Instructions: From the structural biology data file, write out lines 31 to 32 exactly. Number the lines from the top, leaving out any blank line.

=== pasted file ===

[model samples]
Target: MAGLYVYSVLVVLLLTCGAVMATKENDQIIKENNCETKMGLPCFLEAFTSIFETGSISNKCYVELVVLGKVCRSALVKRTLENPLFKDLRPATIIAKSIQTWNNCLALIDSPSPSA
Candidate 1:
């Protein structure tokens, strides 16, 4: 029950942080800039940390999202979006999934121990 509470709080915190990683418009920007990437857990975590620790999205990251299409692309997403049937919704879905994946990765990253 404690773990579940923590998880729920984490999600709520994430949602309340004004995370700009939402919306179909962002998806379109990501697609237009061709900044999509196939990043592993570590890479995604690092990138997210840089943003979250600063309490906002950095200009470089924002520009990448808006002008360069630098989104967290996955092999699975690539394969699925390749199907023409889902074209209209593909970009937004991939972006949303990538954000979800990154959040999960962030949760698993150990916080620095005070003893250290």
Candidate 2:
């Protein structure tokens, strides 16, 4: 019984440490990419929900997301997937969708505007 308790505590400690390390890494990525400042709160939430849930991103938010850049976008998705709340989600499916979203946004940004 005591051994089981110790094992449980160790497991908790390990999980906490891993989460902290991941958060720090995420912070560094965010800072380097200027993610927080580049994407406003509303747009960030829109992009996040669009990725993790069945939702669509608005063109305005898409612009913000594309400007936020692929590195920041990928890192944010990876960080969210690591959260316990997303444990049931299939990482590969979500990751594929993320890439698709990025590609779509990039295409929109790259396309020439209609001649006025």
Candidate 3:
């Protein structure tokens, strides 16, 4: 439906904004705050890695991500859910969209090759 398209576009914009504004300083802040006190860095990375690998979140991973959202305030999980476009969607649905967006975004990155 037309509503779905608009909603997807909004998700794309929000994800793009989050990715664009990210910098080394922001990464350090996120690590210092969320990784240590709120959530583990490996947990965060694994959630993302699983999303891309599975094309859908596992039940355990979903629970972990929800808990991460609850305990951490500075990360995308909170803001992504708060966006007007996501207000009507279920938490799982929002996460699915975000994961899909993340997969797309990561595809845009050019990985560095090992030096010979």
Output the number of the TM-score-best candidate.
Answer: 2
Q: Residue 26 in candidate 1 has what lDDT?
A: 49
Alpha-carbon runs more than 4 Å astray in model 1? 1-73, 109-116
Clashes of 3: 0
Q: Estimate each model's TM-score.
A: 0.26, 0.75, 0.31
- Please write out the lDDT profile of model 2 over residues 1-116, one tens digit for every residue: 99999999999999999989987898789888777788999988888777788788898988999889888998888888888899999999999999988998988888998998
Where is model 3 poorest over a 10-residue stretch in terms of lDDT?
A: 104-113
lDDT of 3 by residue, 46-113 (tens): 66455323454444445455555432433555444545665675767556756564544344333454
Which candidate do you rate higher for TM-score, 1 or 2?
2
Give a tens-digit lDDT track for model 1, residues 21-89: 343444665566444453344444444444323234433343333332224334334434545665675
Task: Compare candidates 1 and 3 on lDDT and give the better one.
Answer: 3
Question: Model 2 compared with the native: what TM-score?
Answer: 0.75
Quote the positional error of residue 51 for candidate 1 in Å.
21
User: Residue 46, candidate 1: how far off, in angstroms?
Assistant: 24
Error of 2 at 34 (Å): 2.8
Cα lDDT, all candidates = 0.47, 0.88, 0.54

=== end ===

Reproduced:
Assistant: 24
Error of 2 at 34 (Å): 2.8